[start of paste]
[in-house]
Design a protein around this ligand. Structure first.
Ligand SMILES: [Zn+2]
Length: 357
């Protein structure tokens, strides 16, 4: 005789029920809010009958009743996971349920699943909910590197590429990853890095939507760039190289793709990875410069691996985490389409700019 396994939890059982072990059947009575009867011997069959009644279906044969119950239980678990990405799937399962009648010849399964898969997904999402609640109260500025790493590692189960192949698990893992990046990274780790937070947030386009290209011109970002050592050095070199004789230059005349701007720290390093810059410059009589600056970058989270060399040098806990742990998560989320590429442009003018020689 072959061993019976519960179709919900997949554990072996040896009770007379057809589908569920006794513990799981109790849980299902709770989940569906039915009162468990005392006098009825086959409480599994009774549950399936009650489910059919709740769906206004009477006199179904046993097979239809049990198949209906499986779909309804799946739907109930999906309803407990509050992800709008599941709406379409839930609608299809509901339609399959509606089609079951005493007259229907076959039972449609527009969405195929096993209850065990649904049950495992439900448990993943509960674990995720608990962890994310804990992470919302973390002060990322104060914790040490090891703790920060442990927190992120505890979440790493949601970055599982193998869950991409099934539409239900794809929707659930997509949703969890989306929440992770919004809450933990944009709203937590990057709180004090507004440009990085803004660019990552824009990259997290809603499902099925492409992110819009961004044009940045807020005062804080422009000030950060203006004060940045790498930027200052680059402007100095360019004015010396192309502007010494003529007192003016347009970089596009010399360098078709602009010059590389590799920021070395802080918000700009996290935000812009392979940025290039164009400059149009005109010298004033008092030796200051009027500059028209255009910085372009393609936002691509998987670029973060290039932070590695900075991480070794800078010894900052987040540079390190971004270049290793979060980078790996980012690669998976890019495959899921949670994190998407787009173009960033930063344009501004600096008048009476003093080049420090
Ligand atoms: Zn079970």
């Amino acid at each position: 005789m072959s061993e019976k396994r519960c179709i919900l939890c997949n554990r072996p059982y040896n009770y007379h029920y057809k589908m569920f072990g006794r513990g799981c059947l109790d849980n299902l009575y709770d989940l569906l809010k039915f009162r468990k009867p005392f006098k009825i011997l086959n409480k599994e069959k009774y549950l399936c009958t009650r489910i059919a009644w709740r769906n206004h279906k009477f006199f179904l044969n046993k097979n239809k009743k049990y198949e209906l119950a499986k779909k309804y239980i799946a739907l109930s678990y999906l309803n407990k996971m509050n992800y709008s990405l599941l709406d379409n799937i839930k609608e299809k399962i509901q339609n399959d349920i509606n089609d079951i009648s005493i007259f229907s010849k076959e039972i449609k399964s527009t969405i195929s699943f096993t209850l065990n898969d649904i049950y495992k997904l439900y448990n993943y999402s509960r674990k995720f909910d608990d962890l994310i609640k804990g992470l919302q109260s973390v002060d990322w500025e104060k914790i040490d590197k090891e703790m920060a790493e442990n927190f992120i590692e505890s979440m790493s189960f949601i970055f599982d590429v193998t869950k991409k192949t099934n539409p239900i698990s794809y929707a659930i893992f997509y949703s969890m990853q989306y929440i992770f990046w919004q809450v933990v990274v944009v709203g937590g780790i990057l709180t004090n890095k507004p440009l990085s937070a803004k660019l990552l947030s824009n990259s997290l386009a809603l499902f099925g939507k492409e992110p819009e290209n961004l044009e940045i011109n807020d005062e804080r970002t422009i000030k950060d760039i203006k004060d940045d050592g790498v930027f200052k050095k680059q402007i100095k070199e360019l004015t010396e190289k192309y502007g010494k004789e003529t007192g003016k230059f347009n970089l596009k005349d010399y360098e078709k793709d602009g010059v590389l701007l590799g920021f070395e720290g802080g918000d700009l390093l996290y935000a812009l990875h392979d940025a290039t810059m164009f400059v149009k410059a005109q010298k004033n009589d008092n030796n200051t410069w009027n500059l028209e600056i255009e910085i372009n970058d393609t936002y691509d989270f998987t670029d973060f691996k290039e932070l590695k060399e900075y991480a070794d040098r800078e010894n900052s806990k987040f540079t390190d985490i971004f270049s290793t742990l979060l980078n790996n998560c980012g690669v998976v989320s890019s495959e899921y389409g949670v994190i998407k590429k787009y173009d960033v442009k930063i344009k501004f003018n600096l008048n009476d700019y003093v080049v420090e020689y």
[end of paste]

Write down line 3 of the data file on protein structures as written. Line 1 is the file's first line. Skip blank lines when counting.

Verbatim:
Ligand SMILES: [Zn+2]